May 17th – The Days We Wait For…And Cherish

Male Blackburnian Warbler – one of North America’s most beautiful birds. -KMP


These are the days that birders think about all year in anticipation – when the long distance migrants, especially those warblers in “alternate” or breeding plumage, pass through. Well, they’re upon us and, at Ruthven, today was the day. We’ve been banding good numbers in the last couple of days; yesterday’s 57 was the highest total so far but included only 5 species of warblers. On the day we encountered 68 species of birds. But during the night there was a massive influx at Ruthven. We ended up banding 98 birds including 13 warbler species (we encountered 18 warbler species altogether). And our species count for the morning was a very respectable 84!!

But yesterday would have to be “oriole day” – we banded 19; however, today was close, as we hit 18. The jam/jelly feeder is drawing them like a moth to a flame. Our Baltimore Oriole banding total this Spring is 61, 2nd only to last year’s record 117.But we also got 12 Rose-breasted Grosbeaks today – my fingers will attest to it. We were on the go right out of the blocks and when the nets were finally closed we had that wonderful feeling of a job well done (and just a little bit of: “Damn! just 2 more birds and we would have hit 100!).

Banded 98:
2 Least Flycatchers
4 House Wrens

House Wren on a singing perch. -AG


1 Golden-crowned Kinglet (a VERY late one)
1 Veery (1st of the year)
7 Swainson’s Thrushes (1st of the year)
7 Gray Catbirds
3 Blue-winged Warblers
1 Tennessee Warbler
10 Nashville Warblers
1 Northern Parula

Beautiful little bird – male Northern Parula. -AG


6 Yellow Warblers
2 Chestnut-sided Warblers
2 Magnolia Warblers
2 Myrtle Warblers
2 Black-throated Green Warblers
1 Black & White Warbler

The white throat indicates this Black & White Warbler is a female. -AG


1 American Redstart
1 Northern Waterthrush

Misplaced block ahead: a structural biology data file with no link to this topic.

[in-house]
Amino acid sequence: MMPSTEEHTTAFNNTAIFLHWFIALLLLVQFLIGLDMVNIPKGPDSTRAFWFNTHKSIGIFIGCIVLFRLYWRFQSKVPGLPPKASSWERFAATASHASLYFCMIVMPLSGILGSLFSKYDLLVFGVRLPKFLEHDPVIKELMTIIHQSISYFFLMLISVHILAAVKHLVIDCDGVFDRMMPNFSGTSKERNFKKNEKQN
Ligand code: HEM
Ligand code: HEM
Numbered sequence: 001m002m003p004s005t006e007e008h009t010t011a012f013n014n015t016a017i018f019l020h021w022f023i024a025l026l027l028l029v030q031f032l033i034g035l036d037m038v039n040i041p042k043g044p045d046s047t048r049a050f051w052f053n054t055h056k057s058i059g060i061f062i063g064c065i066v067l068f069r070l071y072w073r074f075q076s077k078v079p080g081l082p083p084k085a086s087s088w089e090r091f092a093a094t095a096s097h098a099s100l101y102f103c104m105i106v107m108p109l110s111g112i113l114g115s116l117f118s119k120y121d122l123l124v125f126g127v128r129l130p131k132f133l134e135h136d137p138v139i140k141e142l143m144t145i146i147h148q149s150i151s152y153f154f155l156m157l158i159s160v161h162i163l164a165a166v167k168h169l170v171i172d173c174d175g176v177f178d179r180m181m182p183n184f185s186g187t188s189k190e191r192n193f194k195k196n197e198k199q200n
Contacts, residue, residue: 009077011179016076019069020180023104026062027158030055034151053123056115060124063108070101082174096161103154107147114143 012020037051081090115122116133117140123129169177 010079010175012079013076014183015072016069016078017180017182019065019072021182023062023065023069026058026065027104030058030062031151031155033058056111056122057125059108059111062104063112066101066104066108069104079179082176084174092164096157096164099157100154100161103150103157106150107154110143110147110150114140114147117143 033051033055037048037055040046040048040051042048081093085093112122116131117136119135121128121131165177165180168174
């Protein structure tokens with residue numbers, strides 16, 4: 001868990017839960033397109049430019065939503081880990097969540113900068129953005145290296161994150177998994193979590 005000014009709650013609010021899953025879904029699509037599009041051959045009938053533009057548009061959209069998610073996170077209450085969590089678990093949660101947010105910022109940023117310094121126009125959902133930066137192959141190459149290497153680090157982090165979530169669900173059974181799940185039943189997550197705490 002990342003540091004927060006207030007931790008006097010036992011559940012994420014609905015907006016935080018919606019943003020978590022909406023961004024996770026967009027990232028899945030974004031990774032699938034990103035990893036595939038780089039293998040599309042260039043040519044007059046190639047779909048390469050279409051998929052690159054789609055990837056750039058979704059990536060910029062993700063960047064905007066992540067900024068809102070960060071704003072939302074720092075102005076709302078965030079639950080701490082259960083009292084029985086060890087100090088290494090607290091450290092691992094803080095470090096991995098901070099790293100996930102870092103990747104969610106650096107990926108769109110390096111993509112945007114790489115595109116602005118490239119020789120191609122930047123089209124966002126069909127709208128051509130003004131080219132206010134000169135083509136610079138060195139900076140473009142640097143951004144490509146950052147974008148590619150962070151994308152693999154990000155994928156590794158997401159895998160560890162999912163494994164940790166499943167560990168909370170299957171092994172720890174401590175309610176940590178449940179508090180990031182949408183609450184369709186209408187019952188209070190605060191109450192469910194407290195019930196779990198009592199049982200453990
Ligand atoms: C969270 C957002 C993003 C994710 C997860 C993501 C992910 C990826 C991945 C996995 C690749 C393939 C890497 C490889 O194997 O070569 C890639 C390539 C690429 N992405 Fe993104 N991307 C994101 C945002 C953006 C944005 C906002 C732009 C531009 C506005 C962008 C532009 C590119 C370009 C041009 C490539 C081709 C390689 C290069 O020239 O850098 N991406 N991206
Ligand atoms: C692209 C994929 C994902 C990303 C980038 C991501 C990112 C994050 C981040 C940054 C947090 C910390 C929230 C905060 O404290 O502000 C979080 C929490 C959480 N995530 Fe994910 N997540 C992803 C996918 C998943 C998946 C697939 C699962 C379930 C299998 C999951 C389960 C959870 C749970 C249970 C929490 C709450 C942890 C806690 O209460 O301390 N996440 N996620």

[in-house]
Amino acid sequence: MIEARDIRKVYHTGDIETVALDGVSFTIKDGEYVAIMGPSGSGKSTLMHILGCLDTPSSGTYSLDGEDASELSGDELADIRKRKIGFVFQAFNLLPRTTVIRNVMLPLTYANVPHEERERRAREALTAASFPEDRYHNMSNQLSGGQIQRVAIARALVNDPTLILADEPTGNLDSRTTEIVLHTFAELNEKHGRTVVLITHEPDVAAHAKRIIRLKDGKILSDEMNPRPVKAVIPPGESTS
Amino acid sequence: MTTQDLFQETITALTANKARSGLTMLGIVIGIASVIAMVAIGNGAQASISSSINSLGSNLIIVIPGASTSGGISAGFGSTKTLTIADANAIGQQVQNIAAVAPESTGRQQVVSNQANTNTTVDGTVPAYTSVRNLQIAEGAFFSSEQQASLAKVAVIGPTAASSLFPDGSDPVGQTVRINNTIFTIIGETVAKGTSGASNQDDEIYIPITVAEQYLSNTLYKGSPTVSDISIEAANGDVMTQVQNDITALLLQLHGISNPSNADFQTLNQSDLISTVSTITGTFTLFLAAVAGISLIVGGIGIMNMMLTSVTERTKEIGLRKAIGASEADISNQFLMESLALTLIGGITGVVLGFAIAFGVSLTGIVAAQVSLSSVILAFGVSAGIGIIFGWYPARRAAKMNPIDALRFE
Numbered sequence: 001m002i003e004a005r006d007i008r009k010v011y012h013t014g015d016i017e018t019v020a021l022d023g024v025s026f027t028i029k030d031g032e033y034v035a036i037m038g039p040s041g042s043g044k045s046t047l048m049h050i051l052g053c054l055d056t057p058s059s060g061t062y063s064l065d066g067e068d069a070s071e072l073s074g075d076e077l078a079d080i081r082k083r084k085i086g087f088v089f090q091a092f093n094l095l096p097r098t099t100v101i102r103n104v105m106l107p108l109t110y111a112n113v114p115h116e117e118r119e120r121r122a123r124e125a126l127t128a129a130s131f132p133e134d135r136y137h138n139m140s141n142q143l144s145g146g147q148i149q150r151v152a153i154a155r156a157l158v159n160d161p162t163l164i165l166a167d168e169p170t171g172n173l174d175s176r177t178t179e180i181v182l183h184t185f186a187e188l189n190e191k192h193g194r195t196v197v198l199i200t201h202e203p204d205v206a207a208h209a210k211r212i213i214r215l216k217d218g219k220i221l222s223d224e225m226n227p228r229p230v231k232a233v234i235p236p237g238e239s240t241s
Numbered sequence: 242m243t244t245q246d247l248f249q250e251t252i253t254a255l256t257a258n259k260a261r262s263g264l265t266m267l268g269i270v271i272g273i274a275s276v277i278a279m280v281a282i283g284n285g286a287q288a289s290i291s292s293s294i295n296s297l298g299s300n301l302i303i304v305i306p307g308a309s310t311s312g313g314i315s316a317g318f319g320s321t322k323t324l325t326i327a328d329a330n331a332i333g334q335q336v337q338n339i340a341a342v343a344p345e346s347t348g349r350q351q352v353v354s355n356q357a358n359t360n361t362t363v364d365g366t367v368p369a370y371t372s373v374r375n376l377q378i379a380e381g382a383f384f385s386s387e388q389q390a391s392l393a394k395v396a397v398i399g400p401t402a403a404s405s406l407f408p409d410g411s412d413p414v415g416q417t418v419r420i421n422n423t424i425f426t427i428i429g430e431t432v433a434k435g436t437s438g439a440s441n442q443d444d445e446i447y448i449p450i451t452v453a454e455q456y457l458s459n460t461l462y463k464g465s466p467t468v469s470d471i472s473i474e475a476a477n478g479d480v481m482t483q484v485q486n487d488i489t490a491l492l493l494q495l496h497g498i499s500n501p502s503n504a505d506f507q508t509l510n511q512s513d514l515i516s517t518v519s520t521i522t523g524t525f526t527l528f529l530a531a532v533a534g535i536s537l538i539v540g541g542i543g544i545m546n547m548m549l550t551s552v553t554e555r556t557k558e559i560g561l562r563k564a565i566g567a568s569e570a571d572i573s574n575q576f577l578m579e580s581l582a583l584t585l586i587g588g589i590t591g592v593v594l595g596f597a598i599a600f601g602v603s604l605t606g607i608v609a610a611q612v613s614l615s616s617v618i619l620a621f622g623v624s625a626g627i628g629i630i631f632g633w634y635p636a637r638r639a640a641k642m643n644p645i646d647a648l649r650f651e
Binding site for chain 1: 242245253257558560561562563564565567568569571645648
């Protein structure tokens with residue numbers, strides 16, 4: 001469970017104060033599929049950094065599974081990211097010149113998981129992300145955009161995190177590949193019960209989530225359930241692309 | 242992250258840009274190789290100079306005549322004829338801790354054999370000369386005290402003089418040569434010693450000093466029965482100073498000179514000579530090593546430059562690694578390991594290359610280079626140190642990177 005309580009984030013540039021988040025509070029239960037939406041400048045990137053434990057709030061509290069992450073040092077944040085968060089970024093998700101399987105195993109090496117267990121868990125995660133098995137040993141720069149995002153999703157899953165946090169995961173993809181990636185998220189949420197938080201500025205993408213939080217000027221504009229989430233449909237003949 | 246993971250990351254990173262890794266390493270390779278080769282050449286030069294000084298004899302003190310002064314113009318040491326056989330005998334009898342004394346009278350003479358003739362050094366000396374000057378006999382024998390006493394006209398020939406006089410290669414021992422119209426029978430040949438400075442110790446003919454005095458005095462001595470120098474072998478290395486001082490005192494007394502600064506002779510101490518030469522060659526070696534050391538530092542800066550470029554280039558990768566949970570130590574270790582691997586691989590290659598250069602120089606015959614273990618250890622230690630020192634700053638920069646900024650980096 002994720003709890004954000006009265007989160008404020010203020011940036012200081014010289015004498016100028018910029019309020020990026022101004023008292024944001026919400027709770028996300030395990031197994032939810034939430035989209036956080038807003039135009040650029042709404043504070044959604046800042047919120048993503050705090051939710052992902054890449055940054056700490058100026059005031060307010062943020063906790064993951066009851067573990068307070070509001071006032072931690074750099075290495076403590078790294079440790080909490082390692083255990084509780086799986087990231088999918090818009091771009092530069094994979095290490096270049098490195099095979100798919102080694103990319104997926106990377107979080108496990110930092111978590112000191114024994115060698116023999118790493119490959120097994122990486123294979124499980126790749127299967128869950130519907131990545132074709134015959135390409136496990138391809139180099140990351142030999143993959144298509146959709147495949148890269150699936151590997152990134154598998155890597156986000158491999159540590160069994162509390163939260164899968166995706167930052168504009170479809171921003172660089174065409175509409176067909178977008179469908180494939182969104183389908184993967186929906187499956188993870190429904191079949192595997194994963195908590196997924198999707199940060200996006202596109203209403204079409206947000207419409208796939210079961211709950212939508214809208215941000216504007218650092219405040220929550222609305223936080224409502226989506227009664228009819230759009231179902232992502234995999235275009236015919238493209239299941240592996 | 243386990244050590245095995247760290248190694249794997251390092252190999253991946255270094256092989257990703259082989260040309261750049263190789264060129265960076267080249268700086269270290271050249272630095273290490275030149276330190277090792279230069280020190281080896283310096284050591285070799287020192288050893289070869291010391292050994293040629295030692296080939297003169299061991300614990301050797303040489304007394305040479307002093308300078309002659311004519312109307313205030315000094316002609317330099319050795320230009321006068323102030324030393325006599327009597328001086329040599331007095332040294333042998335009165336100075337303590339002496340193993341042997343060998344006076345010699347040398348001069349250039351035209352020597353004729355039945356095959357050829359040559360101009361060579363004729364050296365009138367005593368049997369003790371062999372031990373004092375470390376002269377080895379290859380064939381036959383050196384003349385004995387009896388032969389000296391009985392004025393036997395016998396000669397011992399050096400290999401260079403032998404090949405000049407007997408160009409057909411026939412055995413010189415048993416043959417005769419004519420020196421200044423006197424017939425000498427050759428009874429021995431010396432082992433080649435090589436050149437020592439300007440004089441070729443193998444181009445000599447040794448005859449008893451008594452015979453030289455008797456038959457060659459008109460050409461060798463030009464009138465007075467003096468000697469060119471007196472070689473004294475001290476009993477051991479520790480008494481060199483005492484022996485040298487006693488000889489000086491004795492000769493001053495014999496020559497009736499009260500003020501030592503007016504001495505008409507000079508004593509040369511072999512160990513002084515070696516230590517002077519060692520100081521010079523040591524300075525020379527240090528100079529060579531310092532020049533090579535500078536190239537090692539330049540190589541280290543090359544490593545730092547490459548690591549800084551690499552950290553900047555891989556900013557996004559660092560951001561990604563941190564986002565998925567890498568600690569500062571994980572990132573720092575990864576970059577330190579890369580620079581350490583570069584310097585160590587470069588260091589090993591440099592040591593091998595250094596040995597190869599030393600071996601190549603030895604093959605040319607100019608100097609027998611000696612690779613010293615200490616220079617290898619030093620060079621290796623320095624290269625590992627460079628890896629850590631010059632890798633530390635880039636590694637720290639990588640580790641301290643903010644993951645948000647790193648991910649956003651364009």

6 Common Yellowthroats
12 Rose-breasted Grosbeaks
1 Chipping Sparrow
2 Song Sparrow
1 Swamp Sparrow
18 Baltimore Orioles

Female Baltimore Oriole. -AG


1 Orchard Oriole
3 American Goldfinches

ET’s: 84 spp.
Photos (All taken within the HSA – Hamilton Study Area):

Common Tern.. -AG


Male (left) and female Long-tail Ducks taking wing. -AG


Ovenbird. -AG


Male (black head) Red-breasted Nuthatch. I’m not sure why but we rarely see them at Ruthven. -AG


Warbling Vireo. -AG


Common Mergansers can still be seen on the river. -KMP


5 male Indigo Buntings foraging together. A small migrating flock?? -KMP


Probably a young (second year) male Indigo Bunting. -KMP


Red Admiral. -KMP


Male Ruby-throated Hummingbird. -KMP


Two Spotted Sandpipers on the small gravel spit just upstream from Slink Island. Sadly, there’s a can at the head of the bar. -MMG


Those two Spotted Sandpipers. The one on the left is displaying to the other. -KMP


Male Cape May Warblers love the spruce trees in the front of the Mansion. -MMG


Female Cape May Warbler – pretty drab in comparison to the male. -MMG


This male Cape May warbler is checking out some oranges – set out for orioles. -KV


And then plunges in!! -KV


The micro-wetland just behind the Mansion is home to tadpoles. -KMP


Marnie and Karen watched this Bald Eagle harass an Osprey to the point where it dropped the fish it was carrying. The eagle plunged down and, upside down, caught the fish before it landed! -MMG


This Trumpeter Swan decided to swell the census numbers by flying up and down the river. -MMG


Rick

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